While we are encouraged to think positively to boost self-esteem, improve mental health and find happiness, sometimes being too optimistic has its peril.
In a 2015 interview with ABC news, Associate Professor Anthony Grant from the University of Sydney cautioned the unrealistic nature of being permanently optimistic and how it can be detrimental in the long run.
“It just doesn’t work. When people don’t allow themselves to think about problems or sadness or any other emotion apart from happiness, it’s not helpful at all.
“In difficult periods in your life, you need to allow yourself to grieve and have a whole range of emotions, because that’s part of the natural healing process,” he explained.
In writing for Inc., psychotherapist and mental strength trainer Amy Morin noted that overly optimistic individuals tend to resist hearing “any logic that may imply things might not be as rosy as they think.”
She outlined three forms of optimistic thoughts that posed more danger than one would think otherwise:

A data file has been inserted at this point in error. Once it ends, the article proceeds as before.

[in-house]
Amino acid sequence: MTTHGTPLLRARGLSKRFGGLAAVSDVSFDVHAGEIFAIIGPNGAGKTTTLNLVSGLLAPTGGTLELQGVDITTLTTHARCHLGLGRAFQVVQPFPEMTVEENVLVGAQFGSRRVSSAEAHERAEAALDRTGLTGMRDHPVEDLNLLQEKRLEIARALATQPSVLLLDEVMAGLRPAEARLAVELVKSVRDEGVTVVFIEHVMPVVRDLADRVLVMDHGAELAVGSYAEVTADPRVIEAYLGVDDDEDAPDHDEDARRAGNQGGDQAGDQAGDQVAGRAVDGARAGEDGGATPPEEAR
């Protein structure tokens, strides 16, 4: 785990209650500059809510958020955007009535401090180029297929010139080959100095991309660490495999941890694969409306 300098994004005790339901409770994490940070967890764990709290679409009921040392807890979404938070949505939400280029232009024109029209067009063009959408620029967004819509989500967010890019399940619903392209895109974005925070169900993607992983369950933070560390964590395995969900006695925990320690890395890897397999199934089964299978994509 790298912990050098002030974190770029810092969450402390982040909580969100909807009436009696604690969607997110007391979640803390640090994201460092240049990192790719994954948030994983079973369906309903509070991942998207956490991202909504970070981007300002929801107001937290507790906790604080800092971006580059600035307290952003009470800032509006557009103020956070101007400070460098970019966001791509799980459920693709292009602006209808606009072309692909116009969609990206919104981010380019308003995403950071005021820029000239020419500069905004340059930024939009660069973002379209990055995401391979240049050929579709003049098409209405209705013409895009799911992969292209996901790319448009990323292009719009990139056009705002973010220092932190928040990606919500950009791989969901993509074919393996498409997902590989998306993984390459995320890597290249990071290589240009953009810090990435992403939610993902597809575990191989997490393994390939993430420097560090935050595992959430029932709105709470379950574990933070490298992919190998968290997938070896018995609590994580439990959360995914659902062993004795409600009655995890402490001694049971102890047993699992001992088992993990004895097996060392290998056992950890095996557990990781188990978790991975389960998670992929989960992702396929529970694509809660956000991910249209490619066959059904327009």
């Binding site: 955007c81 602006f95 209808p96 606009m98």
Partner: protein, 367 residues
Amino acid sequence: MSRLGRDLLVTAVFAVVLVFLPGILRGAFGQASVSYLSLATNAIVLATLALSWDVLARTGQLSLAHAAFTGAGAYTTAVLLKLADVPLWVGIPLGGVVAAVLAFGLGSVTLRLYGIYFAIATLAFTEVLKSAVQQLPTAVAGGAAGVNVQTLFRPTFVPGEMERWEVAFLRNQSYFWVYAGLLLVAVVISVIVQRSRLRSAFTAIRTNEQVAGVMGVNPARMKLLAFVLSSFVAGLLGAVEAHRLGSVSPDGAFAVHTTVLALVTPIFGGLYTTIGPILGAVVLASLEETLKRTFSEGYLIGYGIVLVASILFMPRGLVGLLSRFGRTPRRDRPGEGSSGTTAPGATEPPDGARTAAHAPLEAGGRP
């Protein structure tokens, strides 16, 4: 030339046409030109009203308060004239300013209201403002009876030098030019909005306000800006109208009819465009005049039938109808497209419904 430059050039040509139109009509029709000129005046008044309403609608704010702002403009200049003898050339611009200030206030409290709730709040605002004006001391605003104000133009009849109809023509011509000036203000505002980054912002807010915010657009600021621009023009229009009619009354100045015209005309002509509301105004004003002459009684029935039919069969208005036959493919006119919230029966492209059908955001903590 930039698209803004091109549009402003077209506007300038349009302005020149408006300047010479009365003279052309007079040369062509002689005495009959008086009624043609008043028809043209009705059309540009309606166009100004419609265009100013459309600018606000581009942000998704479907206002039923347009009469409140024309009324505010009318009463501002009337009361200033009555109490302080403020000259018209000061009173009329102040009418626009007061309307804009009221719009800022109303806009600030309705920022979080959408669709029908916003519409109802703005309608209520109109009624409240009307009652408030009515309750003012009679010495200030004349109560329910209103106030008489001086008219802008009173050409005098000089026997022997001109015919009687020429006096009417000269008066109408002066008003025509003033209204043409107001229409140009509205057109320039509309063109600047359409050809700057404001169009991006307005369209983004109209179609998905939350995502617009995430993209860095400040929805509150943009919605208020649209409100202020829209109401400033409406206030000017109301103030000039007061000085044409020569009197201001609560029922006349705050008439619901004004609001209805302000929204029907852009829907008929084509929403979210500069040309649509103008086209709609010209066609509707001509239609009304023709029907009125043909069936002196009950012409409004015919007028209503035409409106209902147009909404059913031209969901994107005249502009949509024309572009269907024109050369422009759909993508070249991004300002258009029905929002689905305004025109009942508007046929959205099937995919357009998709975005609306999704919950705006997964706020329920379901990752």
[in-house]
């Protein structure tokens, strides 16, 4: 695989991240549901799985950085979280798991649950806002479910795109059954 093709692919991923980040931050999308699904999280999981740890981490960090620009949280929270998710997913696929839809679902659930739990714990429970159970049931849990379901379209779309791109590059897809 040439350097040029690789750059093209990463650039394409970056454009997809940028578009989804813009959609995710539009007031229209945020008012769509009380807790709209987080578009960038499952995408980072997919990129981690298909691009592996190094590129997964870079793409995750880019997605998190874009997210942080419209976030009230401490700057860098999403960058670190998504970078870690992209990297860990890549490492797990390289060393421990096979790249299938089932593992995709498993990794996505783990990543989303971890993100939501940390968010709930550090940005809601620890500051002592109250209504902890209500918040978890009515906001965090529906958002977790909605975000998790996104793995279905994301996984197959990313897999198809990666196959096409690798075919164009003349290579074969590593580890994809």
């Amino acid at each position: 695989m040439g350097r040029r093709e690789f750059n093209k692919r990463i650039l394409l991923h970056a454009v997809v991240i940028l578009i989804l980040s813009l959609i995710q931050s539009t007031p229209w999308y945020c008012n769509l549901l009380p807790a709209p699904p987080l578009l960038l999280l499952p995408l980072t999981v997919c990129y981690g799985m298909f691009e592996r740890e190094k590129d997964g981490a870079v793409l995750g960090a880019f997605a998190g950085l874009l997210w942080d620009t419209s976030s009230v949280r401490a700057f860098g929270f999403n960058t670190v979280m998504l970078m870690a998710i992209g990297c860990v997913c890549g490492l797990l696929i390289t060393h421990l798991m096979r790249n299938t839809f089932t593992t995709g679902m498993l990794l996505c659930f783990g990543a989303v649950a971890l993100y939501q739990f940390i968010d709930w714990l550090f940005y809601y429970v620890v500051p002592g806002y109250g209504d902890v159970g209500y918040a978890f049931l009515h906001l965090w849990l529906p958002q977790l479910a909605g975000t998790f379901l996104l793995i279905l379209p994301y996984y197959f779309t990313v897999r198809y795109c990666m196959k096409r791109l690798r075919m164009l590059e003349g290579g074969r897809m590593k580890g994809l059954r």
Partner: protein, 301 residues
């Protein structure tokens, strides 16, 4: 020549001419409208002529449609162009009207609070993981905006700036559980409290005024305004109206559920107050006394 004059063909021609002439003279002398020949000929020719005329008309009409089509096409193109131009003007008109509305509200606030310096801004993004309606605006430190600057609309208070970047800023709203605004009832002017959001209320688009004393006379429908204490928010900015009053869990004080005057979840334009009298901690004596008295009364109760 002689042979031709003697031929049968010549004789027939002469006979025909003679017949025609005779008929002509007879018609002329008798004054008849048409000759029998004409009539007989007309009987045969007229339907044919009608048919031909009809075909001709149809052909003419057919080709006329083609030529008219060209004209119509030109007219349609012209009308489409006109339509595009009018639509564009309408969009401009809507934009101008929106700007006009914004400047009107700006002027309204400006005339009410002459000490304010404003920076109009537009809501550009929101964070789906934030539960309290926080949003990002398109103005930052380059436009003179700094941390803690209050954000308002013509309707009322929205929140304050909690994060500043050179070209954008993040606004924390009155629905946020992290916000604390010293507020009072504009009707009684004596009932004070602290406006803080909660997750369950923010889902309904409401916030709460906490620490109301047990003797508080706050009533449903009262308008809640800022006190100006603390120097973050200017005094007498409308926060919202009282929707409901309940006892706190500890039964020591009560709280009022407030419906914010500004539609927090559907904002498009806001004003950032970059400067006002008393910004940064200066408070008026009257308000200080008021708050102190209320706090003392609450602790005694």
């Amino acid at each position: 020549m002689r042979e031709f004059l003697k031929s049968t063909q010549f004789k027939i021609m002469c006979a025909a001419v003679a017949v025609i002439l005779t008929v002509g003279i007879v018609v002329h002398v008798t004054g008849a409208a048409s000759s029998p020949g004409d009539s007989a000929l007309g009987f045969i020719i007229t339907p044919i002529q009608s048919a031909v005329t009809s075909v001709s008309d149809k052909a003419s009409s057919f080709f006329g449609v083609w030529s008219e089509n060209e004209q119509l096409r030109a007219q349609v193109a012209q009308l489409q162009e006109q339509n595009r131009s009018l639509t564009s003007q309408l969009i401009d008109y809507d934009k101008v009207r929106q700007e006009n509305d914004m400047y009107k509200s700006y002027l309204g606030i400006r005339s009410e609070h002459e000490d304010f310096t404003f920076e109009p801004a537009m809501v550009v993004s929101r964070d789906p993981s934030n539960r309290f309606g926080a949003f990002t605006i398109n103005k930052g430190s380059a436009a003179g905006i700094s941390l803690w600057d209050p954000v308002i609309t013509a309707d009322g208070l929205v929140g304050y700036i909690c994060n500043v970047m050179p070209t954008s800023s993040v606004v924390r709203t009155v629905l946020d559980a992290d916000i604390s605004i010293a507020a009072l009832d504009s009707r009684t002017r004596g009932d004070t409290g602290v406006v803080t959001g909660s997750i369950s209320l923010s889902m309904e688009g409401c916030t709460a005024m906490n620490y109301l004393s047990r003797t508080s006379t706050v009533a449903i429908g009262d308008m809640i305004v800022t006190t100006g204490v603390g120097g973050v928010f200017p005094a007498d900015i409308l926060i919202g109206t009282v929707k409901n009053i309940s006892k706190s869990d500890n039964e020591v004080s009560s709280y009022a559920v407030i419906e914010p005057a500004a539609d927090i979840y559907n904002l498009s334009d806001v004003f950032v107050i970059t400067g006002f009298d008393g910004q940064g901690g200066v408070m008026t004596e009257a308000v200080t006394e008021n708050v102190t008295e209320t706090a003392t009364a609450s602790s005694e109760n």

Exaggerating the positive, leading to overlooking reality. “People who see themselves as perfect don’t strive to improve. And people who only look for the good in others tend to excuse major character flaws or get themselves wrapped up in toxic situations,” she described.
Being overconfident in one’s abilities, leading to increased carelessness due to lack of preparation. “You might not study for that test or you may opt out of practising because you’re convinced you’re already perfect at what you do.”
Overestimating your chances of success, causing one to disregard any potential risk. “If you don’t spend any time thinking about what could go wrong, you won’t be able to prevent it from happening.”
Therefore, it is vital to view ‘positive thinking’ as being realistically optimistic rather than focusing only on the good in every situation and smiling all the time.
“It’s maintaining a realistic, optimistic mindset in the face of challenges, whereby you’re drawing on your strengths and capacities and working through the situation more optimistically than pessimistically,” said psychologist Suzy Green from The Positivity Institute in Australia.
Having such mindset enables one to acknowledge negative thoughts arising from challenging times rather than deny them at all, and subsequently learn to overcome these times by thinking differently and finding ways to tackle them.